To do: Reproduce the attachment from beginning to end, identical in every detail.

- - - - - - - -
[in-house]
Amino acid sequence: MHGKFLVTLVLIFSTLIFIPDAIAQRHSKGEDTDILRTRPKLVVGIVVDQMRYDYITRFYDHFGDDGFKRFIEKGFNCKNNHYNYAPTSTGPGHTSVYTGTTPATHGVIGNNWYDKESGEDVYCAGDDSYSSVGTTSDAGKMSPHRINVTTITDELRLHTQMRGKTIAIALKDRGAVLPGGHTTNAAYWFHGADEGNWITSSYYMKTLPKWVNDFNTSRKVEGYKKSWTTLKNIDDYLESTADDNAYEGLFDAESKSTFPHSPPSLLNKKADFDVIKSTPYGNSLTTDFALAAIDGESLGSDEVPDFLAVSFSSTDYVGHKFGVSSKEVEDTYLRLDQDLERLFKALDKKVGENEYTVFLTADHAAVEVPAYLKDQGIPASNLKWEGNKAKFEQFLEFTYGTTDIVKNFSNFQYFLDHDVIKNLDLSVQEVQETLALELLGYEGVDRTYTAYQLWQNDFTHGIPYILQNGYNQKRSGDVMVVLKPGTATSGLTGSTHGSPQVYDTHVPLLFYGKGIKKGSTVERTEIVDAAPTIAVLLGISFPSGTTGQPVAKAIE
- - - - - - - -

[in-house]
Amino acid sequence: MHGKFLVTLVLIFSTLIFIPDAIAQRHSKGEDTDILRTRPKLVVGIVVDQMRYDYITRFYDHFGDDGFKRFIEKGFNCKNNHYNYAPTSTGPGHTSVYTGTTPATHGVIGNNWYDKESGEDVYCAGDDSYSSVGTTSDAGKMSPHRINVTTITDELRLHTQMRGKTIAIALKDRGAVLPGGHTTNAAYWFHGADEGNWITSSYYMKTLPKWVNDFNTSRKVEGYKKSWTTLKNIDDYLESTADDNAYEGLFDAESKSTFPHSPPSLLNKKADFDVIKSTPYGNSLTTDFALAAIDGESLGSDEVPDFLAVSFSSTDYVGHKFGVSSKEVEDTYLRLDQDLERLFKALDKKVGENEYTVFLTADHAAVEVPAYLKDQGIPASNLKWEGNKAKFEQFLEFTYGTTDIVKNFSNFQYFLDHDVIKNLDLSVQEVQETLALELLGYEGVDRTYTAYQLWQNDFTHGIPYILQNGYNQKRSGDVMVVLKPGTATSGLTGSTHGSPQVYDTHVPLLFYGKGIKKGSTVERTEIVDAAPTIAVLLGISFPSGTTGQPVAKAIE